Politically Incorrect Tragedies in Black and White

Who killed Yankel Rosenbaum? The Times won't tell you.

It's an irony that Michael Powell's story in Sunday's Metro section, "In a City's Vast Memory, Tragedies Not Kept Vivid May Fade to a Glimmer," does its part to help keep one politically incorrect "hate crime" just a "glimmer" "in a city's vast memory."

While Powell describes in flowery language the murder of Yusef Hawkins in 1989 by a gang of whites in the Brooklyn neighborhood of Bensonhurst, Brooklyn, his story altogether ignored the 1991 murder of a rabbinical student, Yankel Rosenbaum, by a black crowd in the Brooklyn neighborhood of Crown Heights.

"In a city this vast, a handful of terrible events acquire the power of parable and mark neighborhoods for decades. The 1964 death of Kitty Genovese, a lone woman tracked and stabbed by a killer on a leafy Kew Gardens street while her neighbors averted their eyes and failed to call the police, became a national symbol of urban anomie. In Bensonhurst in 1989, 16-year-old Yusef Hawkins was shot and killed for the mistake of being black in a white neighborhood. In death he came to personify a city's undigested racial rage and a black community's search for justice....Drive southeast now toward Avenue X in Gravesend, Brooklyn. There's a subway railyard and salt air that wafts from the Atlantic Ocean, which lies somewhere beyond the Coney Island public housing towers. On June 22, 1982, just after midnight, Willie Turks, a black transit worker, stopped here after work for a bagel and a beer. A gang of 15 to 20 Italian-American men shouted racial insults and beat him to death. It was the first of three race-tinged murders in white ethnic enclaves during the 1980s. In 1986 a white mob in Howard Beach, Queens, chased Michael Griffith to his death on the Belt Parkway, and Mr. Hawkins died in Bensonhurst, Brooklyn, in 1989."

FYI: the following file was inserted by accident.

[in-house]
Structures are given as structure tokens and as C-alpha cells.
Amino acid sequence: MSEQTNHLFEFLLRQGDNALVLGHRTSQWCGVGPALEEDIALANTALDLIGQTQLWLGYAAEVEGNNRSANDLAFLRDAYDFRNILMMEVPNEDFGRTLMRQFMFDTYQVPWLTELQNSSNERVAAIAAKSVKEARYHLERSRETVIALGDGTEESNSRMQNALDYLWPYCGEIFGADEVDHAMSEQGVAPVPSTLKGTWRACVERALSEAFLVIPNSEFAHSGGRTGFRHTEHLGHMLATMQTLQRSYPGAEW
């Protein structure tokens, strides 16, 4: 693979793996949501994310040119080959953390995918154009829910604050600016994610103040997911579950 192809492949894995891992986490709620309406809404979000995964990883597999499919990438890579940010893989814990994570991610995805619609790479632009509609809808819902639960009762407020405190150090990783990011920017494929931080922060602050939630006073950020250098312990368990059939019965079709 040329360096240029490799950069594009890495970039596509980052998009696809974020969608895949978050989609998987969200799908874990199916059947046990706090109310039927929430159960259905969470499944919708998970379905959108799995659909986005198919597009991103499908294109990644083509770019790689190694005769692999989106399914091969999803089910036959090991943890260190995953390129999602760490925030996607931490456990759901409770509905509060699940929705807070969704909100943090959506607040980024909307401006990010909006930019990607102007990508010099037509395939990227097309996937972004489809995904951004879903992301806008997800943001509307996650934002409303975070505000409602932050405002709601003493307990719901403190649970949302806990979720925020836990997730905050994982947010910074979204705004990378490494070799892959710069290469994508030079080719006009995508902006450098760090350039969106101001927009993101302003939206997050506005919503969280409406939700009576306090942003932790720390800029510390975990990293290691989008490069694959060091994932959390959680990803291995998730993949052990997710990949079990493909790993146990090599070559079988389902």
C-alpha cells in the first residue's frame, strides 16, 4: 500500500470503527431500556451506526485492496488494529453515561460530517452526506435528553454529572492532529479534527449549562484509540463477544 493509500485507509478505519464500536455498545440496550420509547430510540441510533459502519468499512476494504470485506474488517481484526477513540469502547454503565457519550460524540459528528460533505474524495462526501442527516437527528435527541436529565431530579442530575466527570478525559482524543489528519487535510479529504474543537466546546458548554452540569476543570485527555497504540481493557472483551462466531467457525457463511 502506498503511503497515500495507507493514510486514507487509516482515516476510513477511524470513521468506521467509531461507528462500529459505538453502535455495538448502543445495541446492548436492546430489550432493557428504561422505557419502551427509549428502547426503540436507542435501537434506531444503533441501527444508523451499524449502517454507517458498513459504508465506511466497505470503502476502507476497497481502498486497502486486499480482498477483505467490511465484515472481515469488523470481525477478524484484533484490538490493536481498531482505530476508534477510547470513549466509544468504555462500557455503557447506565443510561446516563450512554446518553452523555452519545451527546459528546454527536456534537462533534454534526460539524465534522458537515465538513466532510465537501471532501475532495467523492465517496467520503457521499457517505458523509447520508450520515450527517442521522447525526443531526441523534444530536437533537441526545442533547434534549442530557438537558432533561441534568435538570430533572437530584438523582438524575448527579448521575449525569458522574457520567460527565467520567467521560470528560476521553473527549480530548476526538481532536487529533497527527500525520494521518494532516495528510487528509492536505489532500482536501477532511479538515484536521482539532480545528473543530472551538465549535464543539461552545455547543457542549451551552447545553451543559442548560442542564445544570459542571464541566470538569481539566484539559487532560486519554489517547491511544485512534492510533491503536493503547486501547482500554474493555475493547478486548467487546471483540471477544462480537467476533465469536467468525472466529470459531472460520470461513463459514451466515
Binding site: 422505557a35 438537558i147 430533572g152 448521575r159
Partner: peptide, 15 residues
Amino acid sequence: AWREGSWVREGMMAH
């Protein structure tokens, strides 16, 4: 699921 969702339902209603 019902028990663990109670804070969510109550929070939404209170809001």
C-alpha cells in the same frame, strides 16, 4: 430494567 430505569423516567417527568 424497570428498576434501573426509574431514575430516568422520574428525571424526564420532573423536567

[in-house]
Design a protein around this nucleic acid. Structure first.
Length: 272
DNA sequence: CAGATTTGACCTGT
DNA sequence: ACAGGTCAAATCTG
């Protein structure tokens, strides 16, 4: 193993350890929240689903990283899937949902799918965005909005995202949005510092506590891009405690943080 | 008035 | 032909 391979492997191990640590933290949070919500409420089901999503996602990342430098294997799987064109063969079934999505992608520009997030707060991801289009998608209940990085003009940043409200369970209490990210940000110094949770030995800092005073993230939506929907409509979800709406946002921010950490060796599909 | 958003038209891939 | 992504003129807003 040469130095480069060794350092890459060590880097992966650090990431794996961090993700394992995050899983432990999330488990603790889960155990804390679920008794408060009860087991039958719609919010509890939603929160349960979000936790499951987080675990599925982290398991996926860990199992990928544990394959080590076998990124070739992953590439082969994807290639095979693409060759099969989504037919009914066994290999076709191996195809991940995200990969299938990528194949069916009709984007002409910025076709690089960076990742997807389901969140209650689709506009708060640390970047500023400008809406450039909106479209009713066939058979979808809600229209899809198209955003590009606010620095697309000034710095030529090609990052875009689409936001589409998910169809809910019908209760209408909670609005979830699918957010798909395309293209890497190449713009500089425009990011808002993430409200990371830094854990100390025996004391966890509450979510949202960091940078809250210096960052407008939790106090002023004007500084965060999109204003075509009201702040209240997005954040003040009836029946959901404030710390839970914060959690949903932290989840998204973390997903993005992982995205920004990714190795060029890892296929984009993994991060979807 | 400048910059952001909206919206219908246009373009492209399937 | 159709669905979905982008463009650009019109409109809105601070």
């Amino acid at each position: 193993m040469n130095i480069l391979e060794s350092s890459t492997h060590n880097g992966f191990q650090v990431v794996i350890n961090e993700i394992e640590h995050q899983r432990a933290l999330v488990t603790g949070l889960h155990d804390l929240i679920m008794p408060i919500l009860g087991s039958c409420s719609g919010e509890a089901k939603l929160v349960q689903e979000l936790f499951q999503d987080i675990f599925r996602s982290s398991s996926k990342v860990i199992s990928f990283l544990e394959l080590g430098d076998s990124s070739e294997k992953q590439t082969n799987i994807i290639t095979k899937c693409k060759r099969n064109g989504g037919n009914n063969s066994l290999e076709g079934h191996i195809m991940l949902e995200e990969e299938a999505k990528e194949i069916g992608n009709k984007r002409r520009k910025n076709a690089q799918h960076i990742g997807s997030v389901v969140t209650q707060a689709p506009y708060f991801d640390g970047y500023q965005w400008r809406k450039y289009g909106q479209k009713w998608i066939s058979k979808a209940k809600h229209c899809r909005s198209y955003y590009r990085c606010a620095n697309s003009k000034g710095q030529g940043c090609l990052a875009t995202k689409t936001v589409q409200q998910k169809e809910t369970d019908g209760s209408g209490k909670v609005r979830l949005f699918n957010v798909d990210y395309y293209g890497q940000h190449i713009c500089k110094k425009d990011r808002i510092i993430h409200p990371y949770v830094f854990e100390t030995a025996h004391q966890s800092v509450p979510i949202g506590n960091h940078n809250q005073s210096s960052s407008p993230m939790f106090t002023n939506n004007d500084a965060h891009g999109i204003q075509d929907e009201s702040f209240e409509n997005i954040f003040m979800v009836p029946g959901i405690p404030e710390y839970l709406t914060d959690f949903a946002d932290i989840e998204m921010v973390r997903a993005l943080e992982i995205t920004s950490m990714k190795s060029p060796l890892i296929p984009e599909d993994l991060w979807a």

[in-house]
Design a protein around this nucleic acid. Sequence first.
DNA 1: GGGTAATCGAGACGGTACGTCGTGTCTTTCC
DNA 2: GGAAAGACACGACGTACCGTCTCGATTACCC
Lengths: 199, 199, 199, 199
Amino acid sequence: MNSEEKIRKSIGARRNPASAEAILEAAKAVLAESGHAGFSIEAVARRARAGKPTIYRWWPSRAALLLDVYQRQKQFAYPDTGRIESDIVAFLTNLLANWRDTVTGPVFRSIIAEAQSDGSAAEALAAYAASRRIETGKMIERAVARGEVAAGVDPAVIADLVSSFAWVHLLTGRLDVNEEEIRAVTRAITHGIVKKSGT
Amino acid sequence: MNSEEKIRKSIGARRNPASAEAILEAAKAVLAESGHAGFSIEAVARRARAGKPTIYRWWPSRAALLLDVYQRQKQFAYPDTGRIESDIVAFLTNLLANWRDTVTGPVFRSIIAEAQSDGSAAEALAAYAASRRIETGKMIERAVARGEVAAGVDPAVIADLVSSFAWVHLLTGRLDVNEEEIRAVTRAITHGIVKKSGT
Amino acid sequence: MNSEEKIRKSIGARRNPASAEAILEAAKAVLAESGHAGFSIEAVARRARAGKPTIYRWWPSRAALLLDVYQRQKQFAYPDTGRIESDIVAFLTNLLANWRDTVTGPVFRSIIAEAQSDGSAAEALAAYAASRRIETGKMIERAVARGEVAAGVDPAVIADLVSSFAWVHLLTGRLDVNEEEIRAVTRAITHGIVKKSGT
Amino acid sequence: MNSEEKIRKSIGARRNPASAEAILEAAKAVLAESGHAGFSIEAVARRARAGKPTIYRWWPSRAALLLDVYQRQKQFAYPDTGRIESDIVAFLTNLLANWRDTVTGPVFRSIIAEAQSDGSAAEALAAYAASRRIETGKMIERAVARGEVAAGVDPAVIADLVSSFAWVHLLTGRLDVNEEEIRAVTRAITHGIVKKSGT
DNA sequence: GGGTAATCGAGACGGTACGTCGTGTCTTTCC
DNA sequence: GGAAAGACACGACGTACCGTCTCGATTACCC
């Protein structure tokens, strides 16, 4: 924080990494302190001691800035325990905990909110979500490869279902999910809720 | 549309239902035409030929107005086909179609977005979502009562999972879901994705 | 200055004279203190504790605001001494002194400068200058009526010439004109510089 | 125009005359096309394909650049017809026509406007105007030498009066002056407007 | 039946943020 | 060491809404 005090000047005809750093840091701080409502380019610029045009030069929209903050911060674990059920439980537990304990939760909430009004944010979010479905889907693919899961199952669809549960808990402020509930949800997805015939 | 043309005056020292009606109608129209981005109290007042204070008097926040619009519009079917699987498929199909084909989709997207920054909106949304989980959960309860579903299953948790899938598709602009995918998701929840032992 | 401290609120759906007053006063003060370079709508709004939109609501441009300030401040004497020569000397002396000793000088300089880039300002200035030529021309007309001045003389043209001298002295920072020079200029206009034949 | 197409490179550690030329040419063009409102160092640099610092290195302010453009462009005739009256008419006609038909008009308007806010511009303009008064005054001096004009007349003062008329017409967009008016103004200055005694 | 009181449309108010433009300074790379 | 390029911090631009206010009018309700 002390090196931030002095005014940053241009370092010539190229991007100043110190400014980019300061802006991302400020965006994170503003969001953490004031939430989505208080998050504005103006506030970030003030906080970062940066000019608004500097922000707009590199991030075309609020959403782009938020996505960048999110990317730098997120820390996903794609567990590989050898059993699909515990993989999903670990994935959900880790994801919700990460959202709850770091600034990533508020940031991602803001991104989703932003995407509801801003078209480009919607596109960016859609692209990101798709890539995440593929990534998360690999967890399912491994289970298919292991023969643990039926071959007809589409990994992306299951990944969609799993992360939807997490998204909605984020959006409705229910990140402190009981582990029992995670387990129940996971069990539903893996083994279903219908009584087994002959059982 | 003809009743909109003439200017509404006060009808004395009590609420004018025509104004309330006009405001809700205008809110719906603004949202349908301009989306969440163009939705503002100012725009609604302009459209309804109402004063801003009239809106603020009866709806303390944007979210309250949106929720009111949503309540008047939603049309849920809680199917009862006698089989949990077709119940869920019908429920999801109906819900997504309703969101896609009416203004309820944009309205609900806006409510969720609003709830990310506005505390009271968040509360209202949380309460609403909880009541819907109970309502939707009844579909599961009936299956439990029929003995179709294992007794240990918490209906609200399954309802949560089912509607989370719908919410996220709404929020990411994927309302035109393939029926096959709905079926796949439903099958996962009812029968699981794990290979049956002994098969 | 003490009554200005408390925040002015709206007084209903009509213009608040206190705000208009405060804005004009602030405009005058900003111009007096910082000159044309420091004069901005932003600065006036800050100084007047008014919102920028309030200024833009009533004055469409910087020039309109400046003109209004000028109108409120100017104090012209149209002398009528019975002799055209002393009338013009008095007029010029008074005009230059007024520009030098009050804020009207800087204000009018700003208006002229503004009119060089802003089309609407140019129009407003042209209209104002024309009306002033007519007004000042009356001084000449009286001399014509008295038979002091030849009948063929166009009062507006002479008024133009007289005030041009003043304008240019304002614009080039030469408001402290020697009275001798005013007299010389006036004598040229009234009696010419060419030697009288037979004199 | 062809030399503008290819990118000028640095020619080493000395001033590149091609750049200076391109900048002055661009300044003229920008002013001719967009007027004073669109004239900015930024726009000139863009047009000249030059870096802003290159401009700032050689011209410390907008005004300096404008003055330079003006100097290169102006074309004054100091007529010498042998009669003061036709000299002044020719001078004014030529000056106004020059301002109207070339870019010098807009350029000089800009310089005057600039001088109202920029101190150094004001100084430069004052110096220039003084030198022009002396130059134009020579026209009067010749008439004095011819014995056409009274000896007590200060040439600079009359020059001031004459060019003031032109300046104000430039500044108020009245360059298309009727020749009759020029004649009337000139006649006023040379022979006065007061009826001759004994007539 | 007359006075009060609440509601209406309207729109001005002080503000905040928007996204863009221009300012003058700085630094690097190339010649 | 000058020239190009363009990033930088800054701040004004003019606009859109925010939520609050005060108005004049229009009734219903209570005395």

One looks in vain for even a mention ofthe notorious Crown Heights killing, one that happened in another Brooklyn neighborhood just two years later.